Touching the Void


Montreal can be pretty damn cold, but freezing for 15 minutes while you walk to work or to the movie house is no big deal compared to what Joe Simpson and Simon Yates went through in 1985. Then ambitious young climbers, they set off to reach the summit of Siula Grande, an isolated peak in the Peruvian Andes. No one had accomplished this before, and no one has since. Overcoming this challenge has made Simpson and Yates legendary among mountaineers, but at what price!

Scaling almost vertically across walls of ice, the two have to face exhaustion, dehydration, chilling winds, snowstorms and trying to breathe in high-altitude, and that’s the fun part! It’s during the descent that things become truly problematic. Joe takes a bad fall and shatters his leg and, while Simon attempts to lower him down, Joe goes over an unseen cliff, hanging at the end of the rope. Simon meets an appalling dilemma: should he let himself be pulled off by his friend’s weight and fall with him to their death, or should he cut the rope between them to save himself?

“Touching the Void” is a breathtaking film that blurs the line between documentary and drama. Oscar-winning director Kevin Macdonald alternates between a harrowing recreation of the climb (with actors Brendan Mackey and Nicolas Aaron as Joe and Simon) and talking-head segments in which Simpson and Yates give us insights into the feelings and thoughts they experienced at the time.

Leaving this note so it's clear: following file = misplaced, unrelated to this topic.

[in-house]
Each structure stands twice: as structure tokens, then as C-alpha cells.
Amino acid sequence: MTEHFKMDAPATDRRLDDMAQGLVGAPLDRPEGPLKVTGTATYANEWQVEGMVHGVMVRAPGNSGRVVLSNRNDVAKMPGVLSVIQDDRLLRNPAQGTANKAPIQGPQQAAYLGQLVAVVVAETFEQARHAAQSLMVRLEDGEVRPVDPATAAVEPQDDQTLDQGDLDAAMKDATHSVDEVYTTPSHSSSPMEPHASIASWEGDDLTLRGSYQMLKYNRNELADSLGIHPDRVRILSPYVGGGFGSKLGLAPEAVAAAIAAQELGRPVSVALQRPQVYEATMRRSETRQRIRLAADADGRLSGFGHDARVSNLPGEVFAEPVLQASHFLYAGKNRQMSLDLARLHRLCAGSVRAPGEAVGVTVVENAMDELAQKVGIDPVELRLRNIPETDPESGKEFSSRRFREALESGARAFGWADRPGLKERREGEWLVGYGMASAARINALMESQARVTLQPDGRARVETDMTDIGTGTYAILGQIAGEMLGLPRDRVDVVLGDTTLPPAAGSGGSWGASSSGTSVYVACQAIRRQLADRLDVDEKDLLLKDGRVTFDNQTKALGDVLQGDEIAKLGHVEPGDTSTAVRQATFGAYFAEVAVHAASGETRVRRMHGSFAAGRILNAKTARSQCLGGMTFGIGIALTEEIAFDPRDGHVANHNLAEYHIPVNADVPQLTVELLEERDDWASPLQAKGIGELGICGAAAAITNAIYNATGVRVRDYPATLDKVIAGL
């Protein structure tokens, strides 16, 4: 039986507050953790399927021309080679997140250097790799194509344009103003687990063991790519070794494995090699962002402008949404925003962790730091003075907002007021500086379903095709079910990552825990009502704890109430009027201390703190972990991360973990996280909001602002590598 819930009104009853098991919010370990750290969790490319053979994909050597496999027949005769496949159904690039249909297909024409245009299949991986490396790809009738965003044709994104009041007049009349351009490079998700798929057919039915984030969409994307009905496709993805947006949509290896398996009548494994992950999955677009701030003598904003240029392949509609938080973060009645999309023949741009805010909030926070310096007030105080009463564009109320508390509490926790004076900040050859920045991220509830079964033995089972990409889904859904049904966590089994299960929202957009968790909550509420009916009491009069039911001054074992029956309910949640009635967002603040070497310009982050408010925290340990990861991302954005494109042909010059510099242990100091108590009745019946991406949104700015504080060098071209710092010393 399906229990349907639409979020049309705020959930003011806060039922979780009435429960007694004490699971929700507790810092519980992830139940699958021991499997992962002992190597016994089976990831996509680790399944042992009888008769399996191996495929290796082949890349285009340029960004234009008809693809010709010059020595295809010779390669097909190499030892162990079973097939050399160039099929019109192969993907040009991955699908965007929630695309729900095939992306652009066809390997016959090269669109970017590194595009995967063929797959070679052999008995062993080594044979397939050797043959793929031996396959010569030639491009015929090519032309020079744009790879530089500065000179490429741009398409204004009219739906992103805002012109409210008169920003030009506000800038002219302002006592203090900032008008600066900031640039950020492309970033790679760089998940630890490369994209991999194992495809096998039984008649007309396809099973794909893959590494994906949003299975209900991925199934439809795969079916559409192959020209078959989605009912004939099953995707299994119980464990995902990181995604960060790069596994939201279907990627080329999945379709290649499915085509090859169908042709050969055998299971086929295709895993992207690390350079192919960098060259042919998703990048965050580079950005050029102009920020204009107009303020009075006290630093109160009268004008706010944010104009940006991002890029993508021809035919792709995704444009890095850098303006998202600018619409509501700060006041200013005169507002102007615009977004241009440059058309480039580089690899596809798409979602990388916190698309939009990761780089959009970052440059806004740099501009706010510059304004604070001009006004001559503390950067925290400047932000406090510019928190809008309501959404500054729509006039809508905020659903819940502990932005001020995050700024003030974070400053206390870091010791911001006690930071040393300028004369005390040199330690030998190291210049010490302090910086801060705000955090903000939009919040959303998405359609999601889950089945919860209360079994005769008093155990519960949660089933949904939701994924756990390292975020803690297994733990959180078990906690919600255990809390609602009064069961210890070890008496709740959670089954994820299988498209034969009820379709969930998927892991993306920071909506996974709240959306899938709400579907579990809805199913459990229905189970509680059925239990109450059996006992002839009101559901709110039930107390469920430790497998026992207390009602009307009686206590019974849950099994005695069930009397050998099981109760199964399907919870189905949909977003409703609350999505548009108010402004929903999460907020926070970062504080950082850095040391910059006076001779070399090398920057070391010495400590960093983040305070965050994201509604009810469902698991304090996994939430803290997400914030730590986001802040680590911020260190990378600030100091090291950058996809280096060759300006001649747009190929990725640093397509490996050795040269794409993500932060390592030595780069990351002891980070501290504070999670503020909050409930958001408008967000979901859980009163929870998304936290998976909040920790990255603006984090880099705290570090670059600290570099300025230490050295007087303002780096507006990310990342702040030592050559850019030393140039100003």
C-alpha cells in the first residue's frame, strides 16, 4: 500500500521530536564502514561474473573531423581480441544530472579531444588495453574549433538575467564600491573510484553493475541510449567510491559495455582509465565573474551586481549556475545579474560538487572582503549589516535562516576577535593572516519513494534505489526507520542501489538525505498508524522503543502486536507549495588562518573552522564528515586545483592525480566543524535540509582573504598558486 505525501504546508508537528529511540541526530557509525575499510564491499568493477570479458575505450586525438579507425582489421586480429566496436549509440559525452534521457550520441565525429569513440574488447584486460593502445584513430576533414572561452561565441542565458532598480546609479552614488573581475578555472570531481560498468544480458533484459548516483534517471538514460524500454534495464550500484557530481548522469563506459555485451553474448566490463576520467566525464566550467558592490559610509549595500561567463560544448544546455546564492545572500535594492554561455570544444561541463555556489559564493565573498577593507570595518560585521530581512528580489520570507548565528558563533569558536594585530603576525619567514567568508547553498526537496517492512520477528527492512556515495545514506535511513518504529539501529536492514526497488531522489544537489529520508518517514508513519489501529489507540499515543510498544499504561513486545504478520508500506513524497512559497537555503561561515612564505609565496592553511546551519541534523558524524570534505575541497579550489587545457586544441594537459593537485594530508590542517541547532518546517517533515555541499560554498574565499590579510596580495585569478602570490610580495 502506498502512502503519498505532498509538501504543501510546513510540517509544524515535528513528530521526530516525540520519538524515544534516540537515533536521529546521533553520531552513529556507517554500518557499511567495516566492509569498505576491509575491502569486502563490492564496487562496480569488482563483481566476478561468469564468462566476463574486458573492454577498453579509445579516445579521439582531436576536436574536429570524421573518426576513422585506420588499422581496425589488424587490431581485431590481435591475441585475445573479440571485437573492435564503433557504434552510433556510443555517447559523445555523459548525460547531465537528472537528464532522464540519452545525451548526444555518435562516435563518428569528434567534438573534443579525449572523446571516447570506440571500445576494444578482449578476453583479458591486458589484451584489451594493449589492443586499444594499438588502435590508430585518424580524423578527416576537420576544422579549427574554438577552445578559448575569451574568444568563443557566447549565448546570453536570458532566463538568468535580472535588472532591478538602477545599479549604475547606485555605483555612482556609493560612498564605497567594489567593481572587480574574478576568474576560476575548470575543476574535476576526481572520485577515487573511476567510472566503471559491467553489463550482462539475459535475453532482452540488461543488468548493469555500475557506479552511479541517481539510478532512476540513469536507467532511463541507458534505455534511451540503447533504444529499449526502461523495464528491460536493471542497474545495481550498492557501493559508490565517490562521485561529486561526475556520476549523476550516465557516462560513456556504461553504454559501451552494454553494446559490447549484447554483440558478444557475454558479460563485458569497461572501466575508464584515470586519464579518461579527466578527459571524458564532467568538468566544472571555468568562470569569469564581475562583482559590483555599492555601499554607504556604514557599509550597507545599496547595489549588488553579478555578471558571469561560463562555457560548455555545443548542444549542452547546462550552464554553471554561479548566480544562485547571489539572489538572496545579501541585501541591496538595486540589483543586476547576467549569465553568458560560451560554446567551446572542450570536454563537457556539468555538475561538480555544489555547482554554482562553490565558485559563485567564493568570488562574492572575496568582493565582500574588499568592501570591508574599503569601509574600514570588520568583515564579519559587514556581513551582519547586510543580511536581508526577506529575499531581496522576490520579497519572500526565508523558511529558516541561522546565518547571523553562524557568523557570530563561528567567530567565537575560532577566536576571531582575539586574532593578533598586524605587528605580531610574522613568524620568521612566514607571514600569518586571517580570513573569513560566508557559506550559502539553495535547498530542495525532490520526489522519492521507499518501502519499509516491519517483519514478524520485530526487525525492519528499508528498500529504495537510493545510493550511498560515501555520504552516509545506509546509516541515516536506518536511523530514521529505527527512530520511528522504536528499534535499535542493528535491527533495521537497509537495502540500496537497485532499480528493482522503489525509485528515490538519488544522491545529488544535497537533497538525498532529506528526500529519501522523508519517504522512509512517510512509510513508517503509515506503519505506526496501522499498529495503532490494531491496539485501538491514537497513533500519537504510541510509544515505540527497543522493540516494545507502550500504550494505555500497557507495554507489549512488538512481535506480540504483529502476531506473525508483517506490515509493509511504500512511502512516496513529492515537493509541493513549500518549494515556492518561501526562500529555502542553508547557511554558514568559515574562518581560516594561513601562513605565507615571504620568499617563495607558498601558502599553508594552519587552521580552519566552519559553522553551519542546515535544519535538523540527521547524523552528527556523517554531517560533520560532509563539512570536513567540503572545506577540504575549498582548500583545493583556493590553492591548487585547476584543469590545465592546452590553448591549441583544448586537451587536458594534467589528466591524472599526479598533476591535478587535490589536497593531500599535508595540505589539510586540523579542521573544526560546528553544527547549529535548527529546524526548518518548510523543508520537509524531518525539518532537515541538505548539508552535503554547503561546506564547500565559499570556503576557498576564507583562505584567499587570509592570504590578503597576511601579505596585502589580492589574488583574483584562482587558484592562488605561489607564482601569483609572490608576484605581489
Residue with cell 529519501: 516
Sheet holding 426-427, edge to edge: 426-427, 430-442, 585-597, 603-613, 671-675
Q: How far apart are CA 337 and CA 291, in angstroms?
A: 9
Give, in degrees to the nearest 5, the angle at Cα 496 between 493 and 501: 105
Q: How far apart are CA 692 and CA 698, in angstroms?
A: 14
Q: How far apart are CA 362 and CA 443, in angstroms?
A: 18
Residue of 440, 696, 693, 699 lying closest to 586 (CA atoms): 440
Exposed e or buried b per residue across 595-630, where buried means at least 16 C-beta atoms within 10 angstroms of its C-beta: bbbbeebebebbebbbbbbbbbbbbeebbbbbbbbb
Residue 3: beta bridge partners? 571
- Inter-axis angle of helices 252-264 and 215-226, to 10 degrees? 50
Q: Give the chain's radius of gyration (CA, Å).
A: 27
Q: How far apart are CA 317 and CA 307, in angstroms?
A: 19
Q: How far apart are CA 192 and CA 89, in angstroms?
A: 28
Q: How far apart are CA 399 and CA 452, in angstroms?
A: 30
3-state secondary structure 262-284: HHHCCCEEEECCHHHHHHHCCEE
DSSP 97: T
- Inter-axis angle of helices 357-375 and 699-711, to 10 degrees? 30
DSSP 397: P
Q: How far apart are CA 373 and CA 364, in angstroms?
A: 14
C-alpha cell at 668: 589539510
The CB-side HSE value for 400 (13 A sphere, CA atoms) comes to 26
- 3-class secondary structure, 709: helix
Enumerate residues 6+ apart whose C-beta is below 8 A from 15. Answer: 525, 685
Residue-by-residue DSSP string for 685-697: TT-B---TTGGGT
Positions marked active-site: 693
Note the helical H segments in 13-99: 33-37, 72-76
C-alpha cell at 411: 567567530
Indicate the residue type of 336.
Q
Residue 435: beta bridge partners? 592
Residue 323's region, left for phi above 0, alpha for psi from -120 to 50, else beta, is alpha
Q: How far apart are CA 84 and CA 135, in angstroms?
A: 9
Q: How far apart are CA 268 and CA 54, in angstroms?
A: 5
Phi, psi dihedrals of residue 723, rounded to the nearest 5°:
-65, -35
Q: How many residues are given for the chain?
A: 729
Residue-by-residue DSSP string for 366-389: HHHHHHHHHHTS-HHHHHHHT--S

If there are still moviegoers that believe non-fiction pictures are dull, watching this is bound to convince them otherwise. “Touching the Void” can be as riveting and intense as any big-ass Hollywood action flick. It’s stunningly shot, with many scenes that must have been almost as dangerous for the cast and crew as it was for the mountaineers.

This is a very inspirational story of survival and human endurance. Time and time again the protagonists end up in impossible situations where they should just lie down and wait for death, but a stubborn will to live pushes them through the pain, desperation and, in one hilarious sequence, being overtaken by delirium and having Boney M’s Brown Girl in the Ring stuck in one’s head!

Says the filmmaker:
“I think that because we all lead such comfortable, cosy warm lives, that to hear stories of people who have really tested themselves and taken things to the edge is sort of fulfilling a psychological need. It’s a fantastic story – you just couldn’t make it up.”

Indeed. “Touching the Void” is the first great film of 2004, don’t miss it.